Latest Technology News

Google puts lipstick on Gmail -- adds new themes and emojis


I am definitely a Gmail power user. Not only do I use it for much of my personal email, but business communications too. Does it bother me that the search-giant scans the contents of my messages for advertising? Yes, a bit, but I realize there is no such thing as a free lunch.

What does really bother me, however, is how archaic Gmail looks nowadays. The appearance is boring and drab. To make matters worse, I know Google is capable of a beautiful redesign -- it is frustrating that the company just doesn't. Today, Gmail gets a little lipstick by way of new hi-res themes and new emojis.

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DNS Jumper 2.0 brings turbo DNS testing


Sordum has released DNS Jumper 2.0, an update of its freeware DNS changer for Windows.

New startup options mean you can have the program load along with Windows, test for the fastest DNS server and apply it automatically, no more manual interventions required.

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Microsoft issues a surprise new Windows 10 release -- build 10159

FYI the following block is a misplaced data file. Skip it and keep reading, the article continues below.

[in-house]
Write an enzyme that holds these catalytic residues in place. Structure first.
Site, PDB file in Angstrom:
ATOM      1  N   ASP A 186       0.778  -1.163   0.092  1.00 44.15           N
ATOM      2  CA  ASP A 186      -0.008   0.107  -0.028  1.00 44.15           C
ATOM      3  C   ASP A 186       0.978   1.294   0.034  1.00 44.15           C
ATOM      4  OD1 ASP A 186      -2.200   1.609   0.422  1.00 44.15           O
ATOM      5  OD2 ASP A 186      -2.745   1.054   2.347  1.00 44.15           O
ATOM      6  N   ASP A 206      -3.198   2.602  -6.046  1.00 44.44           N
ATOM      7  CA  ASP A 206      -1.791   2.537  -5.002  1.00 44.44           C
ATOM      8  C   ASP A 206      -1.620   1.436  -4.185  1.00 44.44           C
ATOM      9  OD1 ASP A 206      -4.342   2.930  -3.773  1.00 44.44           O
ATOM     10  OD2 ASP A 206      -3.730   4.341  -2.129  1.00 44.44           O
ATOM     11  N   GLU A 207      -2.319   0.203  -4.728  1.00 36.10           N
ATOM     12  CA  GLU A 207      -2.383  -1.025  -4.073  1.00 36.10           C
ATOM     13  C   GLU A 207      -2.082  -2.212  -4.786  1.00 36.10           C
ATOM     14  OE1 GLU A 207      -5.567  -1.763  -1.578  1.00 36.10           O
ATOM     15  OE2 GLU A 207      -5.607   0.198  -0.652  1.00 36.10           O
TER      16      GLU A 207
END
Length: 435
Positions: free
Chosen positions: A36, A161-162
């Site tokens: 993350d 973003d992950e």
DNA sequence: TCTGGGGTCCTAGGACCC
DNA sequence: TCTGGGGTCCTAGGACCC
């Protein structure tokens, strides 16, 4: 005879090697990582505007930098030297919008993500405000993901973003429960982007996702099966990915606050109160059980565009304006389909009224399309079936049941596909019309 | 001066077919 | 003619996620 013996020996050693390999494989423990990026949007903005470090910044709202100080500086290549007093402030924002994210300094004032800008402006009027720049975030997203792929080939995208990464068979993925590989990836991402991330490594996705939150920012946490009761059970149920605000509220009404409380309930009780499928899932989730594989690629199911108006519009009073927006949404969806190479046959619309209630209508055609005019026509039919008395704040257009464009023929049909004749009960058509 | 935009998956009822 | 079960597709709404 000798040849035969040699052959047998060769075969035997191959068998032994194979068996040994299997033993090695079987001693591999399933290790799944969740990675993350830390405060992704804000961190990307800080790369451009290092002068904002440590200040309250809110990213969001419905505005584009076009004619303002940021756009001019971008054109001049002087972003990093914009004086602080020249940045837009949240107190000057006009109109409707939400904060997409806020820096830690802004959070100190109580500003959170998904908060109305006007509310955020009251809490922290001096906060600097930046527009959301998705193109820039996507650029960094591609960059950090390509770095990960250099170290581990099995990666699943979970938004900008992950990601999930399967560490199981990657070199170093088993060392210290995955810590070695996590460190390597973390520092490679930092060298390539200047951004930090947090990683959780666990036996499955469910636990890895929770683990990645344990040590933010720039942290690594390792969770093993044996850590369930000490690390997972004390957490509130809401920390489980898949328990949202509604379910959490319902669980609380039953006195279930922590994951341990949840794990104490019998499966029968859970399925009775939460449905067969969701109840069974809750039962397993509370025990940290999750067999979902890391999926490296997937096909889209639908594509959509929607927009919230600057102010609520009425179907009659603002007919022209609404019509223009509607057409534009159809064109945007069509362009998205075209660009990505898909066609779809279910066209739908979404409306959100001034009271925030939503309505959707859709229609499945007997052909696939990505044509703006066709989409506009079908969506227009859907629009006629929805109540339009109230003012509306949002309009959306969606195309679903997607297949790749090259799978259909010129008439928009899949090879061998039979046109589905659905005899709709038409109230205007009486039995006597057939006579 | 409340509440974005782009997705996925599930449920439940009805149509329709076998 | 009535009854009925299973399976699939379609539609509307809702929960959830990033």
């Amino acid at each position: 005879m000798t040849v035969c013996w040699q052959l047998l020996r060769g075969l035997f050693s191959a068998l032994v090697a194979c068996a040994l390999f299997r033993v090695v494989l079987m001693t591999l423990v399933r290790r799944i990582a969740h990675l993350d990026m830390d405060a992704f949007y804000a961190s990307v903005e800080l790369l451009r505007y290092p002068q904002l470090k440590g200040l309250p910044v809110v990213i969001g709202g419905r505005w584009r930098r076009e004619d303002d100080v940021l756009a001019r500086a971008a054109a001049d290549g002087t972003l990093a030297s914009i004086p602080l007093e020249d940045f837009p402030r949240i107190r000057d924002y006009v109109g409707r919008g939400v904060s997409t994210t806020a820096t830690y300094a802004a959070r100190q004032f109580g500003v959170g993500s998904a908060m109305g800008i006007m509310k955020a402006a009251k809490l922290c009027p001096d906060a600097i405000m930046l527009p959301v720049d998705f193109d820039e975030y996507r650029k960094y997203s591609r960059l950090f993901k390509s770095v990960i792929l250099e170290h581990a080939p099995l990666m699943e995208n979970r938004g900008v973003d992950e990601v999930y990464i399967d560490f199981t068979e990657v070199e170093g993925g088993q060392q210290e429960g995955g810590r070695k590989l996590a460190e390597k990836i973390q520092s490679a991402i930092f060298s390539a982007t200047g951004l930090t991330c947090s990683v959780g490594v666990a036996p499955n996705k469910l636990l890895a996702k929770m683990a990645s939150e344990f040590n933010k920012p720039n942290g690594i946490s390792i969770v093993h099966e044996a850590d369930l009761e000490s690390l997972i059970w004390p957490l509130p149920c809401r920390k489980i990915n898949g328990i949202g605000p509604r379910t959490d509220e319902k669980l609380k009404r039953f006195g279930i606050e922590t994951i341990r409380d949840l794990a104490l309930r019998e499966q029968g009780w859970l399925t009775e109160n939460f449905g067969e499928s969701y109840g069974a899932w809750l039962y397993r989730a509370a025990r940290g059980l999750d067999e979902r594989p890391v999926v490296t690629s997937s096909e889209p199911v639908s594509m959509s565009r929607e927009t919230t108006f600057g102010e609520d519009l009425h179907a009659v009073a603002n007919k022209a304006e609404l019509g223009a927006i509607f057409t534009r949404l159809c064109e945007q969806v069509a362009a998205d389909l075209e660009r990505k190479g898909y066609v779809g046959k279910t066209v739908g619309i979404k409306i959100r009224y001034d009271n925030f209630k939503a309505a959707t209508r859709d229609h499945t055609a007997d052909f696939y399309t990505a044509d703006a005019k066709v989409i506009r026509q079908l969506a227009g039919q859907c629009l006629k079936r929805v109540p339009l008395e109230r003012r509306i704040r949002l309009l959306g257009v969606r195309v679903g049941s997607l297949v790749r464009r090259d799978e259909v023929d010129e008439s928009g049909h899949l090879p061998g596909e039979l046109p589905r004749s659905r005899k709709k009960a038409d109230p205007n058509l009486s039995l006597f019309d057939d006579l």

Hey... wait a minute. Didn't we just get a new build of Windows 10 yesterday? Yes, of course we did. Less than 24 hours ago, Microsoft released build 10158 and today there is something of a surprise announcement for Windows Insiders who are signed up to the Fast Ring: another new preview version in the form of build 10159.

Microsoft has been criticized for the speed at which preview builds have been trickling out, and it seems that the company is listening to feedback. You'll notice that there is only a single digit build increase, but Gabe Aul reveals that this doesn't mean there's nothing to see. As well as more than 300 bug fixes, there is also "one very interesting change".